SALES CONTRACTS: Seller may keep buyer’s deposit as liquidated damages because buyer failed to give notice of default. A buyer contracted to buy 81 residential subdivision lots for $7.29 million. The contract required the seller to obtain all necessary permits for building single-family homes. Each lot required its own septic system, with approval to be based on individual percolation tests run on each lot. The buyer, nervous about the approvals, orally requested that the seller provide a written guaranty that each lot could get septic tank approval. At the closing, however, the seller only was willing to offer to help the buyer get any individual lot approval that was not readily forthcoming. The buyer rejected this and walked out of the closing. More than two weeks later, the buyer sent a letter demanding the return of its deposits. The trial court granted summary judgment to the buyer because the seller did not furnish septic tank approvals for every lot, but the appellate court reversed. To terminate the contract based on default, the contract required that the nonbreaching party give written notice of default, with the party in default then having 15 days to cure it. Only if the default was not cured could the nonbreaching party terminate the contract. The buyer gave only oral notice of its concern at the time of closing. In fact, the buyer did not give written notice until it demanded the return of its deposit, more than 15 days after the failed closing. Thus, the court concluded that the buyer had breached, with the seller entitled to keep the deposits as liquidated damages. A liquidated damages clause must pass a three-part test: (1) damages must be difficult or impossible to estimate accurately, (2) the parties must intend to provide damages rather than a penalty, and (3) the amount must be a reasonable estimate of loss that will be caused by a breach. The first and second parts of the test were satisfied by the fact that the parties were experienced in the real estate business and they had expressly agreed that the damages would be difficult to ascertain and that this was a reasonable way to liquidate the damages. But was this a reasonable estimate of the probable loss? The buyer had deposited $100,000 as earnest money when the contract was executed and later made an additional deposit of $50,000 when the subdivision plat was recorded. Nothing about the sequence of deposits made the amount seem more like a penalty than an estimate of harm. More importantly, the deposits totaled only 2.06% of the total price. Fuqua Constr. Co., Inc. v. Pillar Development, Inc. , 667 S.E.2d 633 (Ga. Ct. App. 2008).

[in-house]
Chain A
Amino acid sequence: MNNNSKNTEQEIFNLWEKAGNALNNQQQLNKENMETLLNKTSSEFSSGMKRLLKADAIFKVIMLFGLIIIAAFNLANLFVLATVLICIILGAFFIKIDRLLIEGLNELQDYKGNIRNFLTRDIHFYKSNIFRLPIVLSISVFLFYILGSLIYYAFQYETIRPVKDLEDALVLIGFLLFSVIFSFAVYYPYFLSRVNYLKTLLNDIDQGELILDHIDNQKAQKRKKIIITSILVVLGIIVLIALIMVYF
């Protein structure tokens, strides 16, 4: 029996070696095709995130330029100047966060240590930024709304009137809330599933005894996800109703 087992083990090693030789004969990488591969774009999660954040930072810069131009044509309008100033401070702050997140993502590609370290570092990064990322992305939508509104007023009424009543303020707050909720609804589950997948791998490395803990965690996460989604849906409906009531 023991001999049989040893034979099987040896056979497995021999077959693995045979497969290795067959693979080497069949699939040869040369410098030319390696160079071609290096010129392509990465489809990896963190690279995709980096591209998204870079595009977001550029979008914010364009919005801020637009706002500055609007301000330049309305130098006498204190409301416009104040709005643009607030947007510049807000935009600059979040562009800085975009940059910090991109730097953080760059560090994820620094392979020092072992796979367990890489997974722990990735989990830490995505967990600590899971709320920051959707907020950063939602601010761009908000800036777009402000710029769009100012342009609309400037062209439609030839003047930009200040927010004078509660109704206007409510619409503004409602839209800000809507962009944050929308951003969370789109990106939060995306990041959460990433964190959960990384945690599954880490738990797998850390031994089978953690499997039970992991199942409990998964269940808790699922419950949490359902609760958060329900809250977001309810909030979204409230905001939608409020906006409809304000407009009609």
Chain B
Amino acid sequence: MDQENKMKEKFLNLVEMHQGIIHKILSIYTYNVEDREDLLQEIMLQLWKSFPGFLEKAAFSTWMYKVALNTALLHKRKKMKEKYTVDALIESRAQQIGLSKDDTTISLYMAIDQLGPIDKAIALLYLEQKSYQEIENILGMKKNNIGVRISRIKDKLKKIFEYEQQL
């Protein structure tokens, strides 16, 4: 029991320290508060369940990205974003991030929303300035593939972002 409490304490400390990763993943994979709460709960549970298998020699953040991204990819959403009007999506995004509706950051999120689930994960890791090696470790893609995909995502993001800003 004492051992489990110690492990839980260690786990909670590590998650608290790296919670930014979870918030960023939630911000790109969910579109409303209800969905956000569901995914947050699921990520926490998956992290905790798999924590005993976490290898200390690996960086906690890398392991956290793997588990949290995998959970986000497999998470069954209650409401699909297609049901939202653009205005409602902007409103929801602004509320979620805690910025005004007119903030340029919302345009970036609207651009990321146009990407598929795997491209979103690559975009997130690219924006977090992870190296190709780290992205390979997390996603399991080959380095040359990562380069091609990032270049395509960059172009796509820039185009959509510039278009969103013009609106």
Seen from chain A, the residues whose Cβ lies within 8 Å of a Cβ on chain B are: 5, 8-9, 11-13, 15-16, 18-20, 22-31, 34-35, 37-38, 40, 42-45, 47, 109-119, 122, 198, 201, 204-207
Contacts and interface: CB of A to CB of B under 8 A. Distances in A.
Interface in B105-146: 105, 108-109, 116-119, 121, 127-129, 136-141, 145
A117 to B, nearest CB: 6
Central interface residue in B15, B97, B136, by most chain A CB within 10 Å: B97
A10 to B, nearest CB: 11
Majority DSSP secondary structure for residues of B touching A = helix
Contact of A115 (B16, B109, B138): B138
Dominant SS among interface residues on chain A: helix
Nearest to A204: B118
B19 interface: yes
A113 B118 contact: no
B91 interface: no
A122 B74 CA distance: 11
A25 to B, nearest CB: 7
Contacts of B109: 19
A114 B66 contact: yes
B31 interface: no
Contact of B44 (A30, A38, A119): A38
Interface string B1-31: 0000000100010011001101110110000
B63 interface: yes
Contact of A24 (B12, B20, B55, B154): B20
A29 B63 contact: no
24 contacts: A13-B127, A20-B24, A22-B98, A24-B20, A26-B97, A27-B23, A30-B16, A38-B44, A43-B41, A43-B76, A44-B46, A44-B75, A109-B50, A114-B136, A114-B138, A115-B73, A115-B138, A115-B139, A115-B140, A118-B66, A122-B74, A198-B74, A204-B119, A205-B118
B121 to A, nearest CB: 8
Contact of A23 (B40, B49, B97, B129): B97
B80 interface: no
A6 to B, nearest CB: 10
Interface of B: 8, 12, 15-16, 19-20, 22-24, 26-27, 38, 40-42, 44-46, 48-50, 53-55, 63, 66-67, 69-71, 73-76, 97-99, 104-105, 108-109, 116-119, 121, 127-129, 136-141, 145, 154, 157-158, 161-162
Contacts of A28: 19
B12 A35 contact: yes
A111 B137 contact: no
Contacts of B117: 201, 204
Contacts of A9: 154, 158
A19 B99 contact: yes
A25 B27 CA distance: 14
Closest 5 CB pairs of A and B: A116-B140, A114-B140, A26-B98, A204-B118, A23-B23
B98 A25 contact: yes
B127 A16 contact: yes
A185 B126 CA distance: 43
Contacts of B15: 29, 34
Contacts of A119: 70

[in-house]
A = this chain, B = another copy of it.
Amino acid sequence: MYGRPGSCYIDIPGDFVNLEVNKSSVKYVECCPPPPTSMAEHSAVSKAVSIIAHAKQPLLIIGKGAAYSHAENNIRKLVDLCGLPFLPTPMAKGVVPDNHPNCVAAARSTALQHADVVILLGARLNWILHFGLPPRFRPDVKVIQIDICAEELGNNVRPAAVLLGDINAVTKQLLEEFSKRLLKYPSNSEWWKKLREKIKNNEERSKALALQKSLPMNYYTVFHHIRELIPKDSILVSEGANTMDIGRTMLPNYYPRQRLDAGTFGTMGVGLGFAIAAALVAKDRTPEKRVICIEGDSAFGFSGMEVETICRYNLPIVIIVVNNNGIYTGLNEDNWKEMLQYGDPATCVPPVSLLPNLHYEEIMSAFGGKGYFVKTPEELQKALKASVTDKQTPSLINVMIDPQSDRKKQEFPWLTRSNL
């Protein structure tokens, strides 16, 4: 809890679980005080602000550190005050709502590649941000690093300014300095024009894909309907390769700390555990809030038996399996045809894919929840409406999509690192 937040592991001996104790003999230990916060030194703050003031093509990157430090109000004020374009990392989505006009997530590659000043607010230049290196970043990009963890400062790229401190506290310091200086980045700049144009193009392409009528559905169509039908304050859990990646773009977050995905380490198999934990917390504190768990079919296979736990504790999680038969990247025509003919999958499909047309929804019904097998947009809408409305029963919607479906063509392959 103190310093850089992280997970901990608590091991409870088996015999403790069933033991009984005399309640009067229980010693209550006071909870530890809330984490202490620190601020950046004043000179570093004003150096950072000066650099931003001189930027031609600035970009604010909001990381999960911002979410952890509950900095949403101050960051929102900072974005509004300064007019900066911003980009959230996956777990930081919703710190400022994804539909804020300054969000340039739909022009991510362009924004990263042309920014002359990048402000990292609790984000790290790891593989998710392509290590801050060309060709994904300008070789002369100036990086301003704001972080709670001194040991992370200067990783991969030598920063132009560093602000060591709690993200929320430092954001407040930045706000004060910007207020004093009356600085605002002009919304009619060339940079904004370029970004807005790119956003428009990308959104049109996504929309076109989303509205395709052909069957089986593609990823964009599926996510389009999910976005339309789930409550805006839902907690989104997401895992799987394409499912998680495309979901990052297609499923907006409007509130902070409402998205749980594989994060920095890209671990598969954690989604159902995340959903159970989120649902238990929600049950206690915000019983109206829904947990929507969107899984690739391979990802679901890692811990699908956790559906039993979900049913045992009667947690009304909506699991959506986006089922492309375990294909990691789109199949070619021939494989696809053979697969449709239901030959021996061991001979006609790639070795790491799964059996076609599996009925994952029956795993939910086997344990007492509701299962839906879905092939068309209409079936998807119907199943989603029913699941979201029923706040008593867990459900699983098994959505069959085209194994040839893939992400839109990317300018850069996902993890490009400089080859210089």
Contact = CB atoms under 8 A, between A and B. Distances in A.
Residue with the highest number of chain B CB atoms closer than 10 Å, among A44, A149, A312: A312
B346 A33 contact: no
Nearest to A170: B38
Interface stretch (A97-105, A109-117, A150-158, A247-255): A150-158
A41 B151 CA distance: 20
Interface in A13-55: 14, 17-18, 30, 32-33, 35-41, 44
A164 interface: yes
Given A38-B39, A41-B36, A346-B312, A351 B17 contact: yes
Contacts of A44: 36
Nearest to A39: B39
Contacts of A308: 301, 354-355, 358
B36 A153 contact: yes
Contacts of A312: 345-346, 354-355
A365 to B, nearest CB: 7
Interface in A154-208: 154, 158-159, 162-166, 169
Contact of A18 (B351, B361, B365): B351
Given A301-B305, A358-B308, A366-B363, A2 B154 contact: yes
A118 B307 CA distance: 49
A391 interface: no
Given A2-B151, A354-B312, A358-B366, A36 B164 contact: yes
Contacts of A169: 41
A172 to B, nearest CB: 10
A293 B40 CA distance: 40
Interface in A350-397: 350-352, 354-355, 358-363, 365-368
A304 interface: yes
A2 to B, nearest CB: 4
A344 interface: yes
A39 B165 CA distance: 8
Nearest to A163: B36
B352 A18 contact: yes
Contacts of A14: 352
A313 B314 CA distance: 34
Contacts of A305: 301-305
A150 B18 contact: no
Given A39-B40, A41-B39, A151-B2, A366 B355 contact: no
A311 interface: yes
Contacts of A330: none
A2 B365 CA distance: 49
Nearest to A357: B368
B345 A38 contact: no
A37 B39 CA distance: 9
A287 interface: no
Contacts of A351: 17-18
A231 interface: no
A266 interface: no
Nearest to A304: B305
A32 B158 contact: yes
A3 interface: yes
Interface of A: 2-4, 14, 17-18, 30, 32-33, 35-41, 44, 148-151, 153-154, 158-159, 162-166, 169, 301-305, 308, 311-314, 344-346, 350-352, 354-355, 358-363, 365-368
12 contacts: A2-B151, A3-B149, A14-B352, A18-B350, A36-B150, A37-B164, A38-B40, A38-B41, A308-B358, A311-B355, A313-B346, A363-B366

STATUTE OF FRAUDS: Unsigned mortgage loan forbearance agreement is not enforceable despite borrower’s payment made in accordance with agreement. After homeowners defaulted on their mortgage loan, they and the lender negotiated a forbearance agreement, under which the owners made a one-time payment of $13,422. Unfortunately for the mortgagors, the lender never signed the forbearance agreement. The mortgagors disagreed with some of the terms of the lender’s agreement, and they were authorized to cross out the incorrect terms, sign it, and fax it back. They did this and made the payment, but never received a copy signed by the lender. More than two years later, the lender sold the mortgage loan. Later the new lender, who bought the loan, commenced foreclosure. The homeowners filed an action for declaratory judgment and an injunction based on the terms of the forbearance agreement. The new lender successfully invoked the statute of frauds, which applied because the forbearance agreement was, in effect, a modification of the note and deed of trust. The court rejected the mortgagors’ claim that the new lender had waived the statute of frauds defense by not pleading it in its answer. The mortgagors did not make a claim based on the forbearance agreement until later in the trial court proceeding, and the lender promptly challenged the enforceability of that agreement. The mortgagors also claimed that their payment under the forbearance agreement was sufficient to estop the defendants from raising the statute of frauds under the doctrine of part performance. This doctrine requires that the acts unequivocally refer to the contract or closely relate to the contract’s terms and that the party seeking to enforce the contract must have changed position in reliance on the contract to the extent that applying the statute of frauds would produce an unjust or unconscionable result. That court ruled, however, that merely making a payment based on an oral contract is not sufficient, and that the mortgagors did not sufficiently change their position so as to justify estoppel. Secrest v. Security National Mortgage Loan Trust 2002-2, 84 Cal. Rptr. 3d 275 (Ct. App. 2008).